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Bill allowing DNA collection for felony crimes struck down

CHARLESTON — The House of Delegates defeated a bill Thursday that would have allowed DNA to be collected by police from those arrested for some felony crimes.

Following a long debate, delegates defeated HB 4627 on a 30-66 vote.

The bill would have allowed police to collect DNA from a person arrested for a felony crime “of violence against a person, burglary or felony offense where the victim was a minor child.”

The DNA collected would be stored until the completion of the criminal case against the person arrested. If the person was eventually found to be not guilty or the charges were dropped, the accused could petition the court to have the DNA taken out of the data base.

The bill sparked a debate about personal freedoms.

“I’m just shocked that with this super majority that we are taking up legislation to create a DNA data base,” Del. Shawn Fluharty, D-Ohio, said. “I don’t think that was a talking point prior to coming down here for any of you.”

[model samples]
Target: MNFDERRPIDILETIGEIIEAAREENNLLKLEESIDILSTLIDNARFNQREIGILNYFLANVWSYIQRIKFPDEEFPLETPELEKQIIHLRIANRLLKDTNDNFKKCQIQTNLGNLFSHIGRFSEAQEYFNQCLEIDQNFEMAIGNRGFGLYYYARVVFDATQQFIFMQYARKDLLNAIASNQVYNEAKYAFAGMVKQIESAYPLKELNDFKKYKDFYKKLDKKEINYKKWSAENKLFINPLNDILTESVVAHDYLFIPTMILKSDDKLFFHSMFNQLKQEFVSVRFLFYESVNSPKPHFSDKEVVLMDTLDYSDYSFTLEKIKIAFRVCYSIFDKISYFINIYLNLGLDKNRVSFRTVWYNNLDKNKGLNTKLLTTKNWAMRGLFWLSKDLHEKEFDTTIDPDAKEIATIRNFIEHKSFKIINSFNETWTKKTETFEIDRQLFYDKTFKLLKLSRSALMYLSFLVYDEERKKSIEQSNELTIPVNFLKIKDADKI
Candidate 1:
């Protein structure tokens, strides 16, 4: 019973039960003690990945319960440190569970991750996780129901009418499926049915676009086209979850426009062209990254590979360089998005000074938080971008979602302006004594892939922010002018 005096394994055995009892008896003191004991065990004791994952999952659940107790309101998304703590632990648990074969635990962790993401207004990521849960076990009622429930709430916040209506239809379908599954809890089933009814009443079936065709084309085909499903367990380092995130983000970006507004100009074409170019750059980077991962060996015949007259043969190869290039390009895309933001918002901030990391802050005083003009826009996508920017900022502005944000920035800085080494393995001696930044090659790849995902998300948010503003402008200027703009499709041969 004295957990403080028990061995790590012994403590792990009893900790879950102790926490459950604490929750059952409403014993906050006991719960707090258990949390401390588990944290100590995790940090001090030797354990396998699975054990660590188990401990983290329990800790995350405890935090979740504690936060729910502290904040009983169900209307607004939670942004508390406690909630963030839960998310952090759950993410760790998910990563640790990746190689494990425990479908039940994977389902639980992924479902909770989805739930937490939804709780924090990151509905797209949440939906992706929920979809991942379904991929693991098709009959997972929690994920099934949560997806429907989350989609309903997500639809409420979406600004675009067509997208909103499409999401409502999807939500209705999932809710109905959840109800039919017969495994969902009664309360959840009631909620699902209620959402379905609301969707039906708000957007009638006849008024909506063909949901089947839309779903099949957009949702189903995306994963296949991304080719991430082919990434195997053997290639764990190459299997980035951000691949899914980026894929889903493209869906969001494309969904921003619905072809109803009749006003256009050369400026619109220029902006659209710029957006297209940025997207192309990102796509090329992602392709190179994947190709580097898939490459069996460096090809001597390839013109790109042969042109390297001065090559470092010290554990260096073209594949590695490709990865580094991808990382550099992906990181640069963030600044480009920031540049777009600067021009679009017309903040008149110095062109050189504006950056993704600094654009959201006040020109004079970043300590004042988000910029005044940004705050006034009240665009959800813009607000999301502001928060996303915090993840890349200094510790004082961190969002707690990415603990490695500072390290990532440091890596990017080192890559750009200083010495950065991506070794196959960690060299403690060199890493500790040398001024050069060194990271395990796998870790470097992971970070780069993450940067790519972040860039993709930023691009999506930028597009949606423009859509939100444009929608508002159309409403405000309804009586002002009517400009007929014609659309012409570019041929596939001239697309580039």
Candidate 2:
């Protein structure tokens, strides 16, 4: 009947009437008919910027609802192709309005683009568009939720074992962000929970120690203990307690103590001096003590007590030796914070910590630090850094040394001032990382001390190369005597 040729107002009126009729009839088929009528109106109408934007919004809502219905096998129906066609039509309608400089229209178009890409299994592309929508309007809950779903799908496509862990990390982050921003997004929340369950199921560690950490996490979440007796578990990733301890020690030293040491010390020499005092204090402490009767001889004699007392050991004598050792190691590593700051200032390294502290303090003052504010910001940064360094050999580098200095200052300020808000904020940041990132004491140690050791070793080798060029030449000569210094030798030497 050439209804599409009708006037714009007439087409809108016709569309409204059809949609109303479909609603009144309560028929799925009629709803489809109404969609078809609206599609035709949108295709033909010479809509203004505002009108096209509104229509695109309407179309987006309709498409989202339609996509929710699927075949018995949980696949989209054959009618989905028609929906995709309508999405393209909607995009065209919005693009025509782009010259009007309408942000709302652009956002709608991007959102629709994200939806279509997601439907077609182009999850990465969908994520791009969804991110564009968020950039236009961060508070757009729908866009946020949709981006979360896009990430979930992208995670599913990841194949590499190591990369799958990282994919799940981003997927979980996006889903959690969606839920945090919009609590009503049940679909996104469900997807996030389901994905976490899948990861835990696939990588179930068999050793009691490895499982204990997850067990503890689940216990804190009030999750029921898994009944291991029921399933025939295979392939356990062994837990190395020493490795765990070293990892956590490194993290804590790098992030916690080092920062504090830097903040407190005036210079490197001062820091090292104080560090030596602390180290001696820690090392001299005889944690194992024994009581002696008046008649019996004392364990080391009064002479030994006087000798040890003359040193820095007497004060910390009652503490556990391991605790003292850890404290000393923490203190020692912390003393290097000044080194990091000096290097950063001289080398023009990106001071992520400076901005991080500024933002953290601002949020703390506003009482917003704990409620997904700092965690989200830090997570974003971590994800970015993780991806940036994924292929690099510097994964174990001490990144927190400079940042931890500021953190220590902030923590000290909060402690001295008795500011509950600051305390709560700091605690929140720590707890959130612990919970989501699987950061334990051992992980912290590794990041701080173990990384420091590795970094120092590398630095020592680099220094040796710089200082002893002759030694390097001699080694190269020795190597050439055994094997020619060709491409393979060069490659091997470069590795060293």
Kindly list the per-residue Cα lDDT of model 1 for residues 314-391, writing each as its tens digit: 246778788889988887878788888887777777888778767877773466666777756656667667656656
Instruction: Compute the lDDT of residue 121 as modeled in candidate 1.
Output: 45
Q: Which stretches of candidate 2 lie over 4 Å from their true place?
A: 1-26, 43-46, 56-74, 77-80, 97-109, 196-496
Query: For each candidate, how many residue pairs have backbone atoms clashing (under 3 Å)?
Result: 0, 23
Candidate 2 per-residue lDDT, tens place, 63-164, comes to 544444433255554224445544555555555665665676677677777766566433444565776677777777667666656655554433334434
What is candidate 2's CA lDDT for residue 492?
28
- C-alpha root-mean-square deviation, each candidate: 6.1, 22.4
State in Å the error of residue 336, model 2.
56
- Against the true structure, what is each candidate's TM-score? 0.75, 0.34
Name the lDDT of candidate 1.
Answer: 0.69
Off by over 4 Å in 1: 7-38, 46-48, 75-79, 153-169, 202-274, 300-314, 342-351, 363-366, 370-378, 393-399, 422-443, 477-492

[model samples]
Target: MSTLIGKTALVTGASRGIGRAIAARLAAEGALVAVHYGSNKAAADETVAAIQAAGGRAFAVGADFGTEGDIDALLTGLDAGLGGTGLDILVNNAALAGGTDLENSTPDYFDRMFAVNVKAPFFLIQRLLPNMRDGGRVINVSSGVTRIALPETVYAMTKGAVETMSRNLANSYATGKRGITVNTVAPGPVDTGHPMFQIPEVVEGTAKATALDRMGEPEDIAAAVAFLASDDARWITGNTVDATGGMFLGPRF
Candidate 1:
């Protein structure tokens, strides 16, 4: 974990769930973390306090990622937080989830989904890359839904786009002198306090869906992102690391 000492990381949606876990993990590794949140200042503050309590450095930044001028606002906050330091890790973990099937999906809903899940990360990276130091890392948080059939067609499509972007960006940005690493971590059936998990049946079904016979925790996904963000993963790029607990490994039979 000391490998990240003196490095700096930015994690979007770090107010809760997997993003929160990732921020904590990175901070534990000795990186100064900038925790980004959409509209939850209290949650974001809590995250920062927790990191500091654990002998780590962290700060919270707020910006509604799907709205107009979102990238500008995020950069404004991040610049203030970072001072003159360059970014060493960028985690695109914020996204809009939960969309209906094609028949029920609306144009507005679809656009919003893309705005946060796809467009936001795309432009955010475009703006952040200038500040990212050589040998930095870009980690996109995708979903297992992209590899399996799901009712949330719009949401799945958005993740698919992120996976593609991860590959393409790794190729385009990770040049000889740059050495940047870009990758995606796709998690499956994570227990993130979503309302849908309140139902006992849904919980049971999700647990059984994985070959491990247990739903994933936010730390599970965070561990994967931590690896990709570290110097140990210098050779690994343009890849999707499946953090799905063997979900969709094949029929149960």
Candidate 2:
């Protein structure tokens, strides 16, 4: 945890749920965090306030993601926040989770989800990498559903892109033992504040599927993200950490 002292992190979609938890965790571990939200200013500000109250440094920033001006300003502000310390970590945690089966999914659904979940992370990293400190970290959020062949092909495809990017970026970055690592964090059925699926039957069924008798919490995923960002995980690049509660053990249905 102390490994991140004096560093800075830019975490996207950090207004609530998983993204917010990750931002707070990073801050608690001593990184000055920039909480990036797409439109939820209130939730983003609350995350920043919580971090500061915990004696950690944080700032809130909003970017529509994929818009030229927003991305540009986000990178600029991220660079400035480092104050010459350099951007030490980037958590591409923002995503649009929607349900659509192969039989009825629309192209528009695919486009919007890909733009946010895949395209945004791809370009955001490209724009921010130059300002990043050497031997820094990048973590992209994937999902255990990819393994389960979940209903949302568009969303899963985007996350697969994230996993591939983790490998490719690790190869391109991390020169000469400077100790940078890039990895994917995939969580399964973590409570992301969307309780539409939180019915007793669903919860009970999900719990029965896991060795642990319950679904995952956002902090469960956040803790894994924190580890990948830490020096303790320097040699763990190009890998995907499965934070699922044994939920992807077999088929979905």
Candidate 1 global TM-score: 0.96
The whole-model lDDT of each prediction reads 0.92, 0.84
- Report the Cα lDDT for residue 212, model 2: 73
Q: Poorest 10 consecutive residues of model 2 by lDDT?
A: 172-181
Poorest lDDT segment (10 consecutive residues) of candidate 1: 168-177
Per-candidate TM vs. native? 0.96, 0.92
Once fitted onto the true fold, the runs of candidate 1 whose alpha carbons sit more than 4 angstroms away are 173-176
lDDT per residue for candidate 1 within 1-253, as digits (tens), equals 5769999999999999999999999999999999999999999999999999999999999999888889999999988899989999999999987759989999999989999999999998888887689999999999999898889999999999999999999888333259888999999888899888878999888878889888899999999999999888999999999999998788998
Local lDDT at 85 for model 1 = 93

Del. J.B. Akers, R-Kanawha, said the bill included clear safeguards for privacy concerns.

“What I do know is that if we do not pass this bill there will be someone who is a victim of a crime and we’ll never identify the person who committed the crime against them. That will happen,” Akers predicted.

Supporters of the bill cited a U.S. Supreme Court 5-4 decision that said taking DNA at the time of an arrest is legal. Del. Joey Garcia, D-Marion, cautioned fellow delegates about leaning too much on that decision.

“Just because the Supreme Court has said we can do something that doesn’t mean we should do something,” Garcia said.

Del. Jonathan Pinson, R-Mason, a former deputy sheriff, said taking DNA is no different than fingerprints being taken at the time of arrest. He said Thursday’s debate was leaving out one key group.

“No one here today has spoken about the victims of crime,” Pinson said. “I would submit this is not a constitutional violation.”

A motion to postpone action on the bill for an indefinite period of time was defeated on a 48-48 vote. Delegates also voted down an attempt to delay further discussion on the bill for three days.